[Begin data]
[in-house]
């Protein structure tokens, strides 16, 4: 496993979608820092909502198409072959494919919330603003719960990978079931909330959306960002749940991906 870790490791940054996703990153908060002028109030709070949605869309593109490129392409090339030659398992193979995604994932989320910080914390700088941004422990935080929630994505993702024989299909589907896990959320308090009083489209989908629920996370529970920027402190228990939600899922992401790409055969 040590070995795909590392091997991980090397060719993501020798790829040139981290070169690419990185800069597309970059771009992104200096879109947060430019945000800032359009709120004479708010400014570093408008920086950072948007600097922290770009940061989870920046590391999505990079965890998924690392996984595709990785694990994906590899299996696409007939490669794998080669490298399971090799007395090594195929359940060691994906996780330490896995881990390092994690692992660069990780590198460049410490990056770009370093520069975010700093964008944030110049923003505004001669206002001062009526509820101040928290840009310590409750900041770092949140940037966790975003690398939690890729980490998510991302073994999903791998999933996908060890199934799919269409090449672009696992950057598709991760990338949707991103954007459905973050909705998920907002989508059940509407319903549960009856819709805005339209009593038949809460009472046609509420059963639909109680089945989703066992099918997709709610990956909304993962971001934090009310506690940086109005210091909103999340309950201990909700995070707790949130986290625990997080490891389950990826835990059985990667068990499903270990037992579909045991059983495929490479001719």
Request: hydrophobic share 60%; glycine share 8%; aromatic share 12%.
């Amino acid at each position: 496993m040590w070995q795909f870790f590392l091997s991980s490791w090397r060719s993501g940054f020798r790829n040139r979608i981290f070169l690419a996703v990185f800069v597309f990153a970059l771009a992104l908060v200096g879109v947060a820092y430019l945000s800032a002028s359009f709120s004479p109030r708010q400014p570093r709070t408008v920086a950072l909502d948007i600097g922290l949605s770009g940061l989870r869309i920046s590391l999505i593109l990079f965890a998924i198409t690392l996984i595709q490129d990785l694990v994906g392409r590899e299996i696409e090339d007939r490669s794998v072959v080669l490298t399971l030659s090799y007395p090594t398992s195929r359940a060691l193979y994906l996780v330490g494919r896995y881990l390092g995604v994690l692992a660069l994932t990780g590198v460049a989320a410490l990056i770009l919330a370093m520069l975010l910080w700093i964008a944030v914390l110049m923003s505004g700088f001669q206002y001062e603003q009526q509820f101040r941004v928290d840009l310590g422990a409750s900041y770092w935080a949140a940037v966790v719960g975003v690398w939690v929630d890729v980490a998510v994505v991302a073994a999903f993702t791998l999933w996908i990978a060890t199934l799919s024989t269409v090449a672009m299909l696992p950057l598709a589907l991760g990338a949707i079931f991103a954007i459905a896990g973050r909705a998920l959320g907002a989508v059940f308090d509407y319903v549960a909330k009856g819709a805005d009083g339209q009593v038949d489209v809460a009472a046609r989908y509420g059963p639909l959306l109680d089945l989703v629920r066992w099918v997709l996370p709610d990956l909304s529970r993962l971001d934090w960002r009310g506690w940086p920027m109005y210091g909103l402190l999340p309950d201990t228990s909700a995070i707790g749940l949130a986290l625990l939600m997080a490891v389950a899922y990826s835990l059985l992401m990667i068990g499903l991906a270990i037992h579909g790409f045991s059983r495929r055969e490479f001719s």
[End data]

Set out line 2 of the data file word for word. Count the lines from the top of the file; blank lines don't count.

């Protein structure tokens, strides 16, 4: 496993979608820092909502198409072959494919919330603003719960990978079931909330959306960002749940991906 870790490791940054996703990153908060002028109030709070949605869309593109490129392409090339030659398992193979995604994932989320910080914390700088941004422990935080929630994505993702024989299909589907896990959320308090009083489209989908629920996370529970920027402190228990939600899922992401790409055969 040590070995795909590392091997991980090397060719993501020798790829040139981290070169690419990185800069597309970059771009992104200096879109947060430019945000800032359009709120004479708010400014570093408008920086950072948007600097922290770009940061989870920046590391999505990079965890998924690392996984595709990785694990994906590899299996696409007939490669794998080669490298399971090799007395090594195929359940060691994906996780330490896995881990390092994690692992660069990780590198460049410490990056770009370093520069975010700093964008944030110049923003505004001669206002001062009526509820101040928290840009310590409750900041770092949140940037966790975003690398939690890729980490998510991302073994999903791998999933996908060890199934799919269409090449672009696992950057598709991760990338949707991103954007459905973050909705998920907002989508059940509407319903549960009856819709805005339209009593038949809460009472046609509420059963639909109680089945989703066992099918997709709610990956909304993962971001934090009310506690940086109005210091909103999340309950201990909700995070707790949130986290625990997080490891389950990826835990059985990667068990499903270990037992579909045991059983495929490479001719």